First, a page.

Monday, 11 January 2016
Church Split Over Homosexuality Would Be A Failure – Welby
would mean “finding ways to disagree well”.
Views range from liberals in the US – who do accept openly gay clergy – to conservatives in Africa, who refuse to.
There are fears of a permanent schism in the third largest Christian Church.
The Anglican Communion is made up of some 80 million people around the world in more than 160 countries, many of whom look to Archbishop Welby, the church’s most senior bishop, for leadership.
Ever since the liberal Episcopal Church in America consecrated Canon Gene Robinson – a divorced man in a gay relationship – as bishop of New Hampshire in November 2003, sniping within the Communion has intensified.‘Disagree profoundly’
Conservative primates say the Church must stick to its Biblical roots.
But attitudes in many African countries and elsewhere – where active homosexuality remains a crime – make it hard to find common ground, with strong opposition from some churches to gay marriage or openly gay bishops.
Archbishop Welby told BBC Radio 4’s Today programme: “A schism would not be a disaster… God is bigger than our failures, but it would be a failure.
“It would not be good if the Church is unable to set an example to the world of showing how we can love one another and disagree profoundly, because we are brought together by Jesus Christ, not by our own choice.”
There is concern that African primates could stage a walk out from the meeting in Canterbury.
Archbishop Welby continued: “Certainly I want reconciliation, but reconciliation doesn’t always mean agreement – in fact, it very seldom does. It means finding ways to disagree well and that’s what we’ve got to do this week.
“There’s nothing I can do if people decide that they want to leave the room. It won’t split the communion.”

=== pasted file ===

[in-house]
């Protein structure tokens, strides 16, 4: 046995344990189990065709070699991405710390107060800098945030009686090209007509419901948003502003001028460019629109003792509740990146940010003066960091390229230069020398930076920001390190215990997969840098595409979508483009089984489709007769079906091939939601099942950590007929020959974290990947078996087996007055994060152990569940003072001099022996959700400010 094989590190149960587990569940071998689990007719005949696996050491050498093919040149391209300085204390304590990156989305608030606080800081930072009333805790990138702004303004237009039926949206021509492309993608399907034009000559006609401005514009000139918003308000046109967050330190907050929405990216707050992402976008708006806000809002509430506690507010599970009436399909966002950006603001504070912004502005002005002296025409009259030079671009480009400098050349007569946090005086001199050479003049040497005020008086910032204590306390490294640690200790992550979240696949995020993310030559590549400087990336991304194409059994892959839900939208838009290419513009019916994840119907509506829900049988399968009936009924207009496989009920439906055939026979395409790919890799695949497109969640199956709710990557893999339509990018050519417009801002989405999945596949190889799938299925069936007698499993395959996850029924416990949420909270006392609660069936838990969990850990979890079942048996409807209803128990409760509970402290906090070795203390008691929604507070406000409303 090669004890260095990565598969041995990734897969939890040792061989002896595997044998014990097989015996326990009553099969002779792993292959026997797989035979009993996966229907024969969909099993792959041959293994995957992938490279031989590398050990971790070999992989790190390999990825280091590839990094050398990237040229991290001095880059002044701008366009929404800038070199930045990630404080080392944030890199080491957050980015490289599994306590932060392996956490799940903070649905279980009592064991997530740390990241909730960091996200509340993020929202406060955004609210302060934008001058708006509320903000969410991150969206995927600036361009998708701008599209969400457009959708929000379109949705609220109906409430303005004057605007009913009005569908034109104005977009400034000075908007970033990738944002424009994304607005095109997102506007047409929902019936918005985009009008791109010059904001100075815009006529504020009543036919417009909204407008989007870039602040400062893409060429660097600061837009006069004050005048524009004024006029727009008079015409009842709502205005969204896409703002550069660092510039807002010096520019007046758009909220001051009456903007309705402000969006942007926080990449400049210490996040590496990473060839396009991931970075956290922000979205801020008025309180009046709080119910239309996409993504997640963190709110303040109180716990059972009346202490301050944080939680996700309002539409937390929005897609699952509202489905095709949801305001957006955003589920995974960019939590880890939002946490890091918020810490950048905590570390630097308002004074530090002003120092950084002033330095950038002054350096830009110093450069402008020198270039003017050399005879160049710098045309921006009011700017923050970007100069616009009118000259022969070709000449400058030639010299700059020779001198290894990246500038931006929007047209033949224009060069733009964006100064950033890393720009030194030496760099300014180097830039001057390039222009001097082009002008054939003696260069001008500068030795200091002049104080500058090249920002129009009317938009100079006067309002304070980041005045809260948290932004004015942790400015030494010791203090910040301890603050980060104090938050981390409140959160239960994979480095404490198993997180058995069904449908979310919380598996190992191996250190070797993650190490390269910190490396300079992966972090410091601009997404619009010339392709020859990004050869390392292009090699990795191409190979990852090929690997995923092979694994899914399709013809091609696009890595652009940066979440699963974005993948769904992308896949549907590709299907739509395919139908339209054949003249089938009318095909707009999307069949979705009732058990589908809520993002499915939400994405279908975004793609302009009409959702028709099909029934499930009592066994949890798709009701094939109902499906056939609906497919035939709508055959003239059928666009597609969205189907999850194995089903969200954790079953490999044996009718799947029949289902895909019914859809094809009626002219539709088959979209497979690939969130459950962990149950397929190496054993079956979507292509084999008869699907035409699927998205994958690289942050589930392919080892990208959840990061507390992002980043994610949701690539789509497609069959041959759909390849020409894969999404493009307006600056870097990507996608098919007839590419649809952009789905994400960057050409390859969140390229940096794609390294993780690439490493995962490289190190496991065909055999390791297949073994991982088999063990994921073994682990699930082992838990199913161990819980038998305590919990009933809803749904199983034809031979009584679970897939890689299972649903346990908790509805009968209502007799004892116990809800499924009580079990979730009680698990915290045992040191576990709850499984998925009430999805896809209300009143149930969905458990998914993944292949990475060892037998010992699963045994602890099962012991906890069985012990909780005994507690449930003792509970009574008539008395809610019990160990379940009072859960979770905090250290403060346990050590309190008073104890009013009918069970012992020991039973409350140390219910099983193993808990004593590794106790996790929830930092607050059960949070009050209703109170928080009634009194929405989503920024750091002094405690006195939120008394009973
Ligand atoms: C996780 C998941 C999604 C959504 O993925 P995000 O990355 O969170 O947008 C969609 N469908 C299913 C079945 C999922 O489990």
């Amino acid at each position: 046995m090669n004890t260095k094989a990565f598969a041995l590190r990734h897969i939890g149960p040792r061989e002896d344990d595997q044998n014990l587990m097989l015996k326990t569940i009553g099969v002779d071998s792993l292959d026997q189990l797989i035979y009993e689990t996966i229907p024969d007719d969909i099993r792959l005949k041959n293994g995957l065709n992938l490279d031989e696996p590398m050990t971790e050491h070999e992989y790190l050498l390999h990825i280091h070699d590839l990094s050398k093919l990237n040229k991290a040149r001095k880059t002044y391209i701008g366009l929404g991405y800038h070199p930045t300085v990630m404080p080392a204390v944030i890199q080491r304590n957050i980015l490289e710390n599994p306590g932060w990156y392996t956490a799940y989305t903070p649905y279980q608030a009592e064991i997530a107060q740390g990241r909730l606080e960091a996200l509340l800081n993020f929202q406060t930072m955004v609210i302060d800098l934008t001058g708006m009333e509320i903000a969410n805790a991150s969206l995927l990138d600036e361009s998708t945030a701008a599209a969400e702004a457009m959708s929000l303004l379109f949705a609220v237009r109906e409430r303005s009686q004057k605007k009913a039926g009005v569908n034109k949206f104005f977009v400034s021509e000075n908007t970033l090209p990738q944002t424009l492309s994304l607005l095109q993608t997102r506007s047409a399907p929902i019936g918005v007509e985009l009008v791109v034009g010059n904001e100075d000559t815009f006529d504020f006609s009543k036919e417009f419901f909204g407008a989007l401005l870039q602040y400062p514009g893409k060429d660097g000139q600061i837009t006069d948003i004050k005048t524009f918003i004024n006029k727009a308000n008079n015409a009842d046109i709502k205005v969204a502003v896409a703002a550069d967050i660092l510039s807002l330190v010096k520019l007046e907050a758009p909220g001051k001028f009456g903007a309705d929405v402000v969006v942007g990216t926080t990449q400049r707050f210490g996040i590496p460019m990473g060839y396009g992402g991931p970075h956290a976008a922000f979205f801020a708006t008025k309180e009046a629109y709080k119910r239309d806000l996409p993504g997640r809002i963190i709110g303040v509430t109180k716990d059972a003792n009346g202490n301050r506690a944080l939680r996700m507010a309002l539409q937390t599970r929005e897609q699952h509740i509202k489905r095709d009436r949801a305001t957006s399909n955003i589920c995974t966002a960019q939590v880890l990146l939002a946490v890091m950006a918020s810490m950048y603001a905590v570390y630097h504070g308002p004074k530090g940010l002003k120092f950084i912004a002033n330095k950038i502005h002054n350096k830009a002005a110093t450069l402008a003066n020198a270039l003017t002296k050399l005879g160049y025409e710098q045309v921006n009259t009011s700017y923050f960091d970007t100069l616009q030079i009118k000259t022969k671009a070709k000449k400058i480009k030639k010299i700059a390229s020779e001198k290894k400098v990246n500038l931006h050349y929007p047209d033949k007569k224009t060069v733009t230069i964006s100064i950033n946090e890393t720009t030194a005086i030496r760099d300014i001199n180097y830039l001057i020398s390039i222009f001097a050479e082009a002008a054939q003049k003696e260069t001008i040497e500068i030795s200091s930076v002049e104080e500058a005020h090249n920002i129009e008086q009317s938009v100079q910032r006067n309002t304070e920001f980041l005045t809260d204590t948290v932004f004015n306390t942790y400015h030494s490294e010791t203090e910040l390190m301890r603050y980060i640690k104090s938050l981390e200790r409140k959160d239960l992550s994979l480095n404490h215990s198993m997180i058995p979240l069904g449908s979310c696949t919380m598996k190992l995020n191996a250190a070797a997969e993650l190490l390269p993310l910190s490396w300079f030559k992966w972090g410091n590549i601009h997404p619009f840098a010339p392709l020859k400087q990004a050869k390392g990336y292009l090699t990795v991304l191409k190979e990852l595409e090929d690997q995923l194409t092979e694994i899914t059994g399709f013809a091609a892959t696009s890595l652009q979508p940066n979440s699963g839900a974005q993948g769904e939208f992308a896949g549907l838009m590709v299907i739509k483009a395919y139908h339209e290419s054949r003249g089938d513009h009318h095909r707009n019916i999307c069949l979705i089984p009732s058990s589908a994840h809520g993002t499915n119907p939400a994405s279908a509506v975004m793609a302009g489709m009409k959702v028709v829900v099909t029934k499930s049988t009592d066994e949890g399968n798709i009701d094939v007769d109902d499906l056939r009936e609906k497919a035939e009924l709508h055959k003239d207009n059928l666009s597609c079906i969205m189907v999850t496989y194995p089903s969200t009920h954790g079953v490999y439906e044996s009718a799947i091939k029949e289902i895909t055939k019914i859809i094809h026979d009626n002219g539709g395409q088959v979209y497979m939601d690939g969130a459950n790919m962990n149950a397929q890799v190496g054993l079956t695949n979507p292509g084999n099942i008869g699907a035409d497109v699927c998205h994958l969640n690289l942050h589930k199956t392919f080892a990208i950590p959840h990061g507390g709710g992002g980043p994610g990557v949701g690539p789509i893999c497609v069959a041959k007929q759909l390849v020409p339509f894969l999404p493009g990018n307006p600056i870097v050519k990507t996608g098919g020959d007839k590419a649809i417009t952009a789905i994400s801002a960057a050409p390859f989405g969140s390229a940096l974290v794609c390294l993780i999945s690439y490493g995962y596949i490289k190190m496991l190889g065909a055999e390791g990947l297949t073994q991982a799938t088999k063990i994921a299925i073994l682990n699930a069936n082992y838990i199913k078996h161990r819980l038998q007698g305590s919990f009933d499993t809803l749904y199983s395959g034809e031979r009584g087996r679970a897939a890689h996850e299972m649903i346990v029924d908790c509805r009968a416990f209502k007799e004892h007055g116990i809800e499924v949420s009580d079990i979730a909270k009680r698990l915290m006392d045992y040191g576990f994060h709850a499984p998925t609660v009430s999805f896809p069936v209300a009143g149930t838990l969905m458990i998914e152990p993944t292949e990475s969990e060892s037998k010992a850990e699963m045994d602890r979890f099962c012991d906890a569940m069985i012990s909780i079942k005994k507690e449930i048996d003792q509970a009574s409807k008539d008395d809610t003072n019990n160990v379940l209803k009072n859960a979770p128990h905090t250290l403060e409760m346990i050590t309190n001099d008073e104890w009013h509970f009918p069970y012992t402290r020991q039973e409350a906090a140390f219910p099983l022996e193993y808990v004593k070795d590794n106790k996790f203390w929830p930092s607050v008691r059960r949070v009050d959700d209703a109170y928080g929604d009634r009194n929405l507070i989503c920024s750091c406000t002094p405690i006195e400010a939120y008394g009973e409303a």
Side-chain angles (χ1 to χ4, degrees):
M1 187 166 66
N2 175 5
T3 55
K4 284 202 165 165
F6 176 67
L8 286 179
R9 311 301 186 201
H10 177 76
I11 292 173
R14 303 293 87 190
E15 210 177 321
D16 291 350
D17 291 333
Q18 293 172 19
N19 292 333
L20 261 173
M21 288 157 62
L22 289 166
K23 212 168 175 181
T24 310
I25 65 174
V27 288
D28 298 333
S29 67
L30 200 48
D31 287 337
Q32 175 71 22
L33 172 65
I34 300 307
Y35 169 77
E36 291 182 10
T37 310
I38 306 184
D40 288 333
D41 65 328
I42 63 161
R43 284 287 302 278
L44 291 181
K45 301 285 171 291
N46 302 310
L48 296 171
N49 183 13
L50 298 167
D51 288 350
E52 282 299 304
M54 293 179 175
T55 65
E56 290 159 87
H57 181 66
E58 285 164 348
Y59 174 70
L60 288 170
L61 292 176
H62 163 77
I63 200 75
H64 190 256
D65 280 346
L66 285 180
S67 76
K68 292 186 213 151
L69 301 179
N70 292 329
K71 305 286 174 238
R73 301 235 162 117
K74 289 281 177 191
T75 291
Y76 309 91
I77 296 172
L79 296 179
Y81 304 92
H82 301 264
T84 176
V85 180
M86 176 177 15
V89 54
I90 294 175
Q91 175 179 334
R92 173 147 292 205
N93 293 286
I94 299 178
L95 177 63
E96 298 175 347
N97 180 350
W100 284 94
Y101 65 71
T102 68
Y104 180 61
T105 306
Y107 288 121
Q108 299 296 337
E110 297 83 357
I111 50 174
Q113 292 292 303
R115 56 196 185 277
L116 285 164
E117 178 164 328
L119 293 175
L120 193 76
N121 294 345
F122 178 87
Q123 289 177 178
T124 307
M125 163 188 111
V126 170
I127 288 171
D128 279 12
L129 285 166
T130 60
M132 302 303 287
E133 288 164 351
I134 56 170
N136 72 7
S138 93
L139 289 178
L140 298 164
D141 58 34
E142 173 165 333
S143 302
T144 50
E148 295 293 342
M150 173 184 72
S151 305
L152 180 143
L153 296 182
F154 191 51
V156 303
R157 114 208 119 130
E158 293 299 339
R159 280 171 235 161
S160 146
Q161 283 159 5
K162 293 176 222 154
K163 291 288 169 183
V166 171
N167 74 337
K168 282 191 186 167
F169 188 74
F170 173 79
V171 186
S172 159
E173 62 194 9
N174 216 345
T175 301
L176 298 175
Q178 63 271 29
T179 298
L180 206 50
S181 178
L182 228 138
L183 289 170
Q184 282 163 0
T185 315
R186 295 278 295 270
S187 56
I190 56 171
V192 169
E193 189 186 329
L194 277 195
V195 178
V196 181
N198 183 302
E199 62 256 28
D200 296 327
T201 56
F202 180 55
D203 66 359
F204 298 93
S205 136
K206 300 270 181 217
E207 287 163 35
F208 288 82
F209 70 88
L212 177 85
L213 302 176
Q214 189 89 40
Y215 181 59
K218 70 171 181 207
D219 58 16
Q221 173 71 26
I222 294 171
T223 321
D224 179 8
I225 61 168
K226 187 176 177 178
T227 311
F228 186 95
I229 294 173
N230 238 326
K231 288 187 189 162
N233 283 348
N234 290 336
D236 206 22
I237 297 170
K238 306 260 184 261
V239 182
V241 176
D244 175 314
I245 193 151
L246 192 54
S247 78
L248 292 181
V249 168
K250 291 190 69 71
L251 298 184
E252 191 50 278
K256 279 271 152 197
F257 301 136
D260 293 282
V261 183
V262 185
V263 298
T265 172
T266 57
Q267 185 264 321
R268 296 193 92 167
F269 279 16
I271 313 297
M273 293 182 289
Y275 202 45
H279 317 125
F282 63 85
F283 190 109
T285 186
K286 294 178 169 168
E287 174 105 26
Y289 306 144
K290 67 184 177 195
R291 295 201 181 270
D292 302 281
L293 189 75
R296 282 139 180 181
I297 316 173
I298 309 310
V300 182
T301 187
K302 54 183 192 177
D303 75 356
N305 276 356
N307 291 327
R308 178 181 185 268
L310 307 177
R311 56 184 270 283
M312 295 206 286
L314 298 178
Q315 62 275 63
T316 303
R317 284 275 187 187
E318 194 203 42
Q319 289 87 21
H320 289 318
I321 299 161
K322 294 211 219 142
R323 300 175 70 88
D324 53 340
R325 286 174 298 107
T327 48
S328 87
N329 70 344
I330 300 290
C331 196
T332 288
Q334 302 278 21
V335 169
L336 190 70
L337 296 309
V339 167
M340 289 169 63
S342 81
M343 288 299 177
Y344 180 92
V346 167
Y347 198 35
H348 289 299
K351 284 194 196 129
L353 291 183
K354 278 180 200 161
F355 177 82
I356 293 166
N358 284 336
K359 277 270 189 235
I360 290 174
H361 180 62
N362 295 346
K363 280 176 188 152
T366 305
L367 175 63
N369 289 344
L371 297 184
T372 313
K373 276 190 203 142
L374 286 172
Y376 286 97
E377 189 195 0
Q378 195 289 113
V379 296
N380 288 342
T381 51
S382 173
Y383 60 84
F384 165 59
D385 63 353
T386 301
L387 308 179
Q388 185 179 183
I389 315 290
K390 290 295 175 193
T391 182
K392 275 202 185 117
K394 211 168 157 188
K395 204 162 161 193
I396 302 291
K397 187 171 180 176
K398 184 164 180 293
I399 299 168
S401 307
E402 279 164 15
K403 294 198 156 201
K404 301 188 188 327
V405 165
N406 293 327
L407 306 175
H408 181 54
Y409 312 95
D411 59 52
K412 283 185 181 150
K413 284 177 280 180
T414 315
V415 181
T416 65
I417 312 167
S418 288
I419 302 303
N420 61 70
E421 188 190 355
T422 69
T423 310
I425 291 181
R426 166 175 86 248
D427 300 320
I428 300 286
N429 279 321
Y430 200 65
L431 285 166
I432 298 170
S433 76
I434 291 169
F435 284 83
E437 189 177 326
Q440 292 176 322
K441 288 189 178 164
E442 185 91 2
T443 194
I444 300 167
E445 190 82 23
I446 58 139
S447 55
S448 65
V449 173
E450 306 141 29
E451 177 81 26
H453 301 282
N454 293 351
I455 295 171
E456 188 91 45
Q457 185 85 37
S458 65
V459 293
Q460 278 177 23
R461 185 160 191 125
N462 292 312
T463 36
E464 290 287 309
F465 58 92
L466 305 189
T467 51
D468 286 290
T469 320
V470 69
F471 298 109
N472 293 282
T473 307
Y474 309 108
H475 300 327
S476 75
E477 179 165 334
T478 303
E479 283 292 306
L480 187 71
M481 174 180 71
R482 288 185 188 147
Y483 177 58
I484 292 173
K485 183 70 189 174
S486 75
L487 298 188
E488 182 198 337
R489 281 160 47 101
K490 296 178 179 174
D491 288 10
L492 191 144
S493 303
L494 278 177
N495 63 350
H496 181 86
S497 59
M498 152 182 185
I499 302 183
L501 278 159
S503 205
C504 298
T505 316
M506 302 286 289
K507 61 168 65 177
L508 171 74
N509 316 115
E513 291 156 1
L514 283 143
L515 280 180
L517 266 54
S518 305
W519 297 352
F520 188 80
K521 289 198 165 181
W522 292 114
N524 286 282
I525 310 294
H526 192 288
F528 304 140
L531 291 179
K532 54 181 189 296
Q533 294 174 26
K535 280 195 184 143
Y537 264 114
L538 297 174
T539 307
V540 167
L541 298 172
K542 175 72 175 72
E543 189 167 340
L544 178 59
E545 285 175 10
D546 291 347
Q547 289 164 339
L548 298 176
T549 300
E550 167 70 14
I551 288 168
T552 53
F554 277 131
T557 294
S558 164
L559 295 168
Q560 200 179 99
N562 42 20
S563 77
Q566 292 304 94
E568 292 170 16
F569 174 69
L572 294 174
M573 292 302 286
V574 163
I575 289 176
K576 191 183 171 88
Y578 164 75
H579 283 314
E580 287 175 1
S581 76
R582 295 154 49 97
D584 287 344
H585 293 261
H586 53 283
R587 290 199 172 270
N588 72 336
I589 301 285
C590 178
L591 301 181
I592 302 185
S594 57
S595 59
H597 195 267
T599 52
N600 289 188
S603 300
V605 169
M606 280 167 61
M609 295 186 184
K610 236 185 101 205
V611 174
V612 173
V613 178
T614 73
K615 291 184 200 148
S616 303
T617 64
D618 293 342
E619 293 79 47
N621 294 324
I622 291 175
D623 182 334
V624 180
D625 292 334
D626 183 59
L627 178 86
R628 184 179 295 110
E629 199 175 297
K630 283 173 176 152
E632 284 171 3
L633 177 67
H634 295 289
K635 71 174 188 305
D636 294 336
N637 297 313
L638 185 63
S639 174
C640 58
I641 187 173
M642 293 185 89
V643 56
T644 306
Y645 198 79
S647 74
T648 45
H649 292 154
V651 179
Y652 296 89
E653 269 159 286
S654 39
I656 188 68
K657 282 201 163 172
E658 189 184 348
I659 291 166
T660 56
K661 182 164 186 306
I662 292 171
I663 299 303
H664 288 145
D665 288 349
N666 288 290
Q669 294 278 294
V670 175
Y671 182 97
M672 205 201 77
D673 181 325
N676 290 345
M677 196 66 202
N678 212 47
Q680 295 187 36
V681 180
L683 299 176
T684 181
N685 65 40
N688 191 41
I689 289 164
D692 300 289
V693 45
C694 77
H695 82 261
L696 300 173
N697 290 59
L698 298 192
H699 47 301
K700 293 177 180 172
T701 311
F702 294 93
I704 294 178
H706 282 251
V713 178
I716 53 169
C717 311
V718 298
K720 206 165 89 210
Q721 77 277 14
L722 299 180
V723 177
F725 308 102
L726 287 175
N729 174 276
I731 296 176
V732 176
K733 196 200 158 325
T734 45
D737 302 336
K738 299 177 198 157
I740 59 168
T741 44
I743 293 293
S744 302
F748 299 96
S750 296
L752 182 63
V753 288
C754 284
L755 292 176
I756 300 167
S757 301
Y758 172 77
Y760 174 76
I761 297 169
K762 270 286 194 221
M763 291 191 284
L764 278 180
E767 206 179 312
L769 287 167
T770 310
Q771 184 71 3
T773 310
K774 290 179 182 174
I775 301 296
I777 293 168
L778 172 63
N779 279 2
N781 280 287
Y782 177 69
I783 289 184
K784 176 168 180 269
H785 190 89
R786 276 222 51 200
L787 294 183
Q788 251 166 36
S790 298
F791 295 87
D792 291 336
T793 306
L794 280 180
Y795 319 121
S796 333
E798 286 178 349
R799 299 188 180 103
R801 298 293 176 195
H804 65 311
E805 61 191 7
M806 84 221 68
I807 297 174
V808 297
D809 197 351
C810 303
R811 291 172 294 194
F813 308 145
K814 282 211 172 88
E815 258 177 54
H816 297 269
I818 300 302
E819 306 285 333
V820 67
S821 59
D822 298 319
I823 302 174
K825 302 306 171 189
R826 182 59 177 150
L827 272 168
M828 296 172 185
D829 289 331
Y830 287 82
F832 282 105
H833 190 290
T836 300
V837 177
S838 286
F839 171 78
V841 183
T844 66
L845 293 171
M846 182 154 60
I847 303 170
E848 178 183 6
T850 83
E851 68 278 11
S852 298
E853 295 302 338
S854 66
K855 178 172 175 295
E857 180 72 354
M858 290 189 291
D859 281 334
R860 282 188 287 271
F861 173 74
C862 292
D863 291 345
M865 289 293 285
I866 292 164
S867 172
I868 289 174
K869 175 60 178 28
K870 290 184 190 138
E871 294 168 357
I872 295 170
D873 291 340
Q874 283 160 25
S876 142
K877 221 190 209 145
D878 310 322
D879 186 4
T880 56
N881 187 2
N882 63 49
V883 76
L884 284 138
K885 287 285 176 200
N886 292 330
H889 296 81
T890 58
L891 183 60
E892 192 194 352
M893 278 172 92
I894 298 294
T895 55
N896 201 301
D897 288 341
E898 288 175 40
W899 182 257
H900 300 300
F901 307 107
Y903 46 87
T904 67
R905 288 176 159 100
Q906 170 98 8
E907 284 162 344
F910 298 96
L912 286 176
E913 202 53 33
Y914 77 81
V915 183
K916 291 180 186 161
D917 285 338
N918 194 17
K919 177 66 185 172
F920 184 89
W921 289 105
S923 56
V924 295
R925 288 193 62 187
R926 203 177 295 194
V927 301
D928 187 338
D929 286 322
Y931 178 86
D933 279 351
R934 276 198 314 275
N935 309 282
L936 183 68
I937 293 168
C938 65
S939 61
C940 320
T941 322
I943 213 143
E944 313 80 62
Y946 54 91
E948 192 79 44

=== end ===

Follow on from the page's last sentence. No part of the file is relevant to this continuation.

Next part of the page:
He added: “The Church is a family and you remain a family even if you go your separate ways.”
Given the fractious Primates’ meetings of the past, the Archbishop of Canterbury has done well simply in persuading all 38 to meet around one table, using much of the personal capital he built up during his visits to every single Anglican province around the globe.
Whatever happens, he has done all he can to make the relationship work, although it is increasingly clear that the current institutional arrangement is no longer fit for purpose, given such deep disagreements over a fundamental issue.
The more liberal provinces that are open to changing Church doctrine on marriage in order to allow for same-sex unions include Brazil, Canada, New Zealand, Scotland, South India, South Africa, the US and Wales.
However, England is one of the countries where that bitter divide over sexuality is already at the heart of much anguished discussion and debate.
With same-sex marriage now part of civil law in England, the Church’s insistence that it should not form part of Canon law is increasingly contested by some of its own clergy and members of its congregation.
A spokesman for the archbishop added the meeting would be an opportunity for national churches to decide their approach to the next Lambeth Conference – the once-in-a-decade gathering of the worldwide Anglican bishops.
The meeting’s agenda is also expected to include the issues of religiously-motivated violence, the protection of children and vulnerable adults, and the environment.
A letter sent recently by more than 100 senior Anglicans to the Archbishops of Canterbury and York urging them to ensure the Church repents for “discriminating” against lesbian and gay Christians will be discussed too. It called for the Church to acknowledge members around the world have been treated as “second-class citizens”.